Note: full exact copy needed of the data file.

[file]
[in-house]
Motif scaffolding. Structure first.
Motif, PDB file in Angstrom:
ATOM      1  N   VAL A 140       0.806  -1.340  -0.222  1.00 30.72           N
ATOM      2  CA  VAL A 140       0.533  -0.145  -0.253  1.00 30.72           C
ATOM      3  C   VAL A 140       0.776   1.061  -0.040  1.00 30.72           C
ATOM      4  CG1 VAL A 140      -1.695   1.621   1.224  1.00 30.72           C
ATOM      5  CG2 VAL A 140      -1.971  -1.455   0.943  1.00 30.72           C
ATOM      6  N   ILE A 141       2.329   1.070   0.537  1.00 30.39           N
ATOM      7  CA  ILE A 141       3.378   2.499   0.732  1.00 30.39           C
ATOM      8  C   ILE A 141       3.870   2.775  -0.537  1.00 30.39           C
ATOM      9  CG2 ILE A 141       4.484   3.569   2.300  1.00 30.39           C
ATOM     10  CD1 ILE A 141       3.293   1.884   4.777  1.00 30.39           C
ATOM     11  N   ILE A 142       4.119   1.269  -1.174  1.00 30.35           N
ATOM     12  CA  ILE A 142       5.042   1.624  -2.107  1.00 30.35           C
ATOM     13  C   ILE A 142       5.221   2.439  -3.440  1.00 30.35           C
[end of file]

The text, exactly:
[in-house]
Motif scaffolding. Structure first.
Motif, PDB file in Angstrom:
ATOM      1  N   VAL A 140       0.806  -1.340  -0.222  1.00 30.72           N
ATOM      2  CA  VAL A 140       0.533  -0.145  -0.253  1.00 30.72           C
ATOM      3  C   VAL A 140       0.776   1.061  -0.040  1.00 30.72           C
ATOM      4  CG1 VAL A 140      -1.695   1.621   1.224  1.00 30.72           C
ATOM      5  CG2 VAL A 140      -1.971  -1.455   0.943  1.00 30.72           C
ATOM      6  N   ILE A 141       2.329   1.070   0.537  1.00 30.39           N
ATOM      7  CA  ILE A 141       3.378   2.499   0.732  1.00 30.39           C
ATOM      8  C   ILE A 141       3.870   2.775  -0.537  1.00 30.39           C
ATOM      9  CG2 ILE A 141       4.484   3.569   2.300  1.00 30.39           C
ATOM     10  CD1 ILE A 141       3.293   1.884   4.777  1.00 30.39           C
ATOM     11  N   ILE A 142       4.119   1.269  -1.174  1.00 30.35           N
ATOM     12  CA  ILE A 142       5.042   1.624  -2.107  1.00 30.35           C
ATOM     13  C   ILE A 142       5.221   2.439  -3.440  1.00 30.35           C